WASHINGTON - The current United States and global economic downturn has led to a decrease in global energy demand and a rapid and substantial reduction in crude oil and other energy prices, notes the U.S. Department of Energy’s (DOE’s) Energy Information Administration (EIA). As a result, EIA’s latest Short Term Energy Outlook projections for both energy demand and prices are considerably lower than last month.

The average U.S. prices for regular-grade gasoline and diesel fuel as of mid-November were both more than $1.80 per gallon below their highs in mid-July. With a weak economy expected to continue through much of 2009, along with lower projected crude oil prices, the annual average retail gasoline and diesel prices in 2009 are projected to be $2.37 and $2.73 per gallon, respectively.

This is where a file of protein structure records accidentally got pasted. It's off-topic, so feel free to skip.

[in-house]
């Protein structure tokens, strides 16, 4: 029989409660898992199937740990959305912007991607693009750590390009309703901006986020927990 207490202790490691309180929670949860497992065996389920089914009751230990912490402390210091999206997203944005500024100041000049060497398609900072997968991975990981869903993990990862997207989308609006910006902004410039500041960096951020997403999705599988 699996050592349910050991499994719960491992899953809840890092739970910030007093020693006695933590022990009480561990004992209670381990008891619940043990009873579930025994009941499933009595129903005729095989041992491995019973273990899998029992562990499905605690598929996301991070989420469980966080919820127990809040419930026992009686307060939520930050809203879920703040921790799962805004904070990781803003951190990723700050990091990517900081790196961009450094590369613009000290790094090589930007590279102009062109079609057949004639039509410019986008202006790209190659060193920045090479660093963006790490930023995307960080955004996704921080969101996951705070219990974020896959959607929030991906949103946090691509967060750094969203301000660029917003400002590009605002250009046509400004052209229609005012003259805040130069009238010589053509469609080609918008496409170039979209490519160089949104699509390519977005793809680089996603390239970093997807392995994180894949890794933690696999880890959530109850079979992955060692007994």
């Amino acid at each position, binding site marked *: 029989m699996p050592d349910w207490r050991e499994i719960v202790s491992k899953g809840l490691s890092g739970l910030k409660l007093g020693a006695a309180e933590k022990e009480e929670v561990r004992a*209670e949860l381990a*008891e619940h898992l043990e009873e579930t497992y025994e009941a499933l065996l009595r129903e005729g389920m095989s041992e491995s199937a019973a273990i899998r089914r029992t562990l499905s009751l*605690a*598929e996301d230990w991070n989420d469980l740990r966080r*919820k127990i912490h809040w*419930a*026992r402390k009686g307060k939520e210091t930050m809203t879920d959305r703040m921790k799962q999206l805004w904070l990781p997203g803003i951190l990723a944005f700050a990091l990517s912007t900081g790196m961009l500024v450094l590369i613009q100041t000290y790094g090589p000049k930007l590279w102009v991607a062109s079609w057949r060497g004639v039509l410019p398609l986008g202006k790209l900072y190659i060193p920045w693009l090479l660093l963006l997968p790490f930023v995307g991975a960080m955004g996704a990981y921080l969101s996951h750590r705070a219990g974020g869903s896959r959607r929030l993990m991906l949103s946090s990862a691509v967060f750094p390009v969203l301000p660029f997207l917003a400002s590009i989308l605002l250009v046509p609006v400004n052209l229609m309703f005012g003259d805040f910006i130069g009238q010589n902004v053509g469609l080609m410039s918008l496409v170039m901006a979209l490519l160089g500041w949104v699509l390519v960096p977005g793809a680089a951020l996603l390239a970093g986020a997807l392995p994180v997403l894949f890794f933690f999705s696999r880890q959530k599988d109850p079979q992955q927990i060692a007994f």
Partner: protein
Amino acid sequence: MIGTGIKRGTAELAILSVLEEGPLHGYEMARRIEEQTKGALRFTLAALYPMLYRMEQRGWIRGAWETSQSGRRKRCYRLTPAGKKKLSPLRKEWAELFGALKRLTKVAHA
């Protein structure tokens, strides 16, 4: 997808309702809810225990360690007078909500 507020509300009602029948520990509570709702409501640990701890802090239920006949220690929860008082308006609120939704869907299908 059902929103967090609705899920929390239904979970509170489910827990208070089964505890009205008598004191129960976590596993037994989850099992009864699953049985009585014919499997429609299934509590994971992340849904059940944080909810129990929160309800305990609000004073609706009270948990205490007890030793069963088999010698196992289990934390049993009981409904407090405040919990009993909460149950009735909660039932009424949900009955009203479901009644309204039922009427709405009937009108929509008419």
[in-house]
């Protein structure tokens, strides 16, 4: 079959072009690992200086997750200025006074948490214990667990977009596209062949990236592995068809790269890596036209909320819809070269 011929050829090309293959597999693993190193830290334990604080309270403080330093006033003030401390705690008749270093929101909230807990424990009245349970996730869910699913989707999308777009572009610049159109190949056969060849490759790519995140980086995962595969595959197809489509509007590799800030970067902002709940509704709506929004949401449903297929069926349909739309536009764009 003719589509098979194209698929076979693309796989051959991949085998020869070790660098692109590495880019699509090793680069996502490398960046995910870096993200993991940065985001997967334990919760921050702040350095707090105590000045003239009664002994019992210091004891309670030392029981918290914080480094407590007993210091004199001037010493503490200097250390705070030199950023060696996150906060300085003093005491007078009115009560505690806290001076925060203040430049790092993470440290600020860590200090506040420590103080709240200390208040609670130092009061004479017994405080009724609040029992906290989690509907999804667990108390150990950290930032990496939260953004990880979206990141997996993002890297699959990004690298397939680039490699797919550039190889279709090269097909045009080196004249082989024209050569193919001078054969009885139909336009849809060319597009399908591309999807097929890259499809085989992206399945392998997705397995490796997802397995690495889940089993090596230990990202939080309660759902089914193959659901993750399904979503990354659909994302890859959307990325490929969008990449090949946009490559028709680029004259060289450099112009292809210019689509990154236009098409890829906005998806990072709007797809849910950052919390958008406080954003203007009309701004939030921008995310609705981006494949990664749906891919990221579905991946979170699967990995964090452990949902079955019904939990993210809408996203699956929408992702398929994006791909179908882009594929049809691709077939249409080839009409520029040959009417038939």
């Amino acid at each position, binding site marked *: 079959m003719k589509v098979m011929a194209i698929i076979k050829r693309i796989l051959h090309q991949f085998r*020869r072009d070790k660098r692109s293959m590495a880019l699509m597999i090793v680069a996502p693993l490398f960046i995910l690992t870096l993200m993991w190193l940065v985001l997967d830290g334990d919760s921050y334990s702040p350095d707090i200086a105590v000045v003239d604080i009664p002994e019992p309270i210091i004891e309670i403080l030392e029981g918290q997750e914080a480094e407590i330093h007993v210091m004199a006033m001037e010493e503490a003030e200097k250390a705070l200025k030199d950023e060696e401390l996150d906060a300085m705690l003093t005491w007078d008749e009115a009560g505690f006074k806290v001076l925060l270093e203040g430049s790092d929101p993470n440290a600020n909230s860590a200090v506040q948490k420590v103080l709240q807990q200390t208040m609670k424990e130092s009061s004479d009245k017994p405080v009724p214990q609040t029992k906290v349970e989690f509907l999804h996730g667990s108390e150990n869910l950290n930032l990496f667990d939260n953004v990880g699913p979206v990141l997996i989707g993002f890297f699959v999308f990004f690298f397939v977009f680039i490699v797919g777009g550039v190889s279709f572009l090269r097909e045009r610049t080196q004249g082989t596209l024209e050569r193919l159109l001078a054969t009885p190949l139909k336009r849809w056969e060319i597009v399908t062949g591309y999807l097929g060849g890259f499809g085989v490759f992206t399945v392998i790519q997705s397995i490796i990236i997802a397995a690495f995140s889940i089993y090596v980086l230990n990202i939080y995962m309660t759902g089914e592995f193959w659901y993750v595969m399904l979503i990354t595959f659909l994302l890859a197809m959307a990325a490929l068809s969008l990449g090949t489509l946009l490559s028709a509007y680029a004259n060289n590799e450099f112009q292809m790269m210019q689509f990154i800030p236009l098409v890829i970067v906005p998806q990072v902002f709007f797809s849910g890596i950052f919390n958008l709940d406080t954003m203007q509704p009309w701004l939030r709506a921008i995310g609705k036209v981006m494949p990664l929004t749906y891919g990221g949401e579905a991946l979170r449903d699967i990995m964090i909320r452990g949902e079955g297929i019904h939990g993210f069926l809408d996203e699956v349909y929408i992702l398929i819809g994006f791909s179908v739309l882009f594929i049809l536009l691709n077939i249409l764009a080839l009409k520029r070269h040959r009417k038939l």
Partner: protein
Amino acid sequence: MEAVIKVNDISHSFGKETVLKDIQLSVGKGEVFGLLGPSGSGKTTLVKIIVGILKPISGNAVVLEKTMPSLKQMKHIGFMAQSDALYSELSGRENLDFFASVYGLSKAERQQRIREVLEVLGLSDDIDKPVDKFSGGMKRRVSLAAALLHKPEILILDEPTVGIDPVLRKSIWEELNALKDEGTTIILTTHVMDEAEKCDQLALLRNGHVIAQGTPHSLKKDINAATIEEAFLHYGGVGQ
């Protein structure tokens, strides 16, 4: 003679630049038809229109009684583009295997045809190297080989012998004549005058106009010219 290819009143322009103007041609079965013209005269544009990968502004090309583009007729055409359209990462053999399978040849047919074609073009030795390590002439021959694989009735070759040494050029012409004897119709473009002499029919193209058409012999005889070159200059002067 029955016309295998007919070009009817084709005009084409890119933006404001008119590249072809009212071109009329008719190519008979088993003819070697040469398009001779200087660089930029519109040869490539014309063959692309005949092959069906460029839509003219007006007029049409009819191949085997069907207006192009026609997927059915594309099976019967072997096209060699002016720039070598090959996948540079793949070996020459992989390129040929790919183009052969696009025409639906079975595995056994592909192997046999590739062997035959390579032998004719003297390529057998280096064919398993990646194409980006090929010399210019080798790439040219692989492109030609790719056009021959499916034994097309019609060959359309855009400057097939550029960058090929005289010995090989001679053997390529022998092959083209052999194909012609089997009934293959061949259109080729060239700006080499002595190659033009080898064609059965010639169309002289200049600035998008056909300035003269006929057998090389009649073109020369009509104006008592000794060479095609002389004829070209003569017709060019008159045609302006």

Residential heating oil prices during the current heating season (October though March) are projected to average $2.75 per gallon, a reduction of about 17 percent from the 2007-08 heating season. Residential propane prices are projected to average $2.22 this winter, a decrease of 10 percent from last winter. However, for natural gas, household heating expenditures this winter are expected to be slightly higher than last year due to the pass-through of some higher-priced natural gas that was put in storage earlier in the year to meet winter demand. Residential natural gas prices are projected to average $13.02 per thousand cubic feet (Mcf), an increase of 2 percent from last winter.

The recent drop in power generation fuel costs has caused some electric utilities to reconsider the steep price increases announced this past summer. However, fuel costs still remain relatively high, and it is unlikely that electricity rates for most customers will fall significantly in the near term. U.S. residential electricity prices are expected to increase by about 6.5 percent in both 2008 and 2009.

Publication date:11/17/2008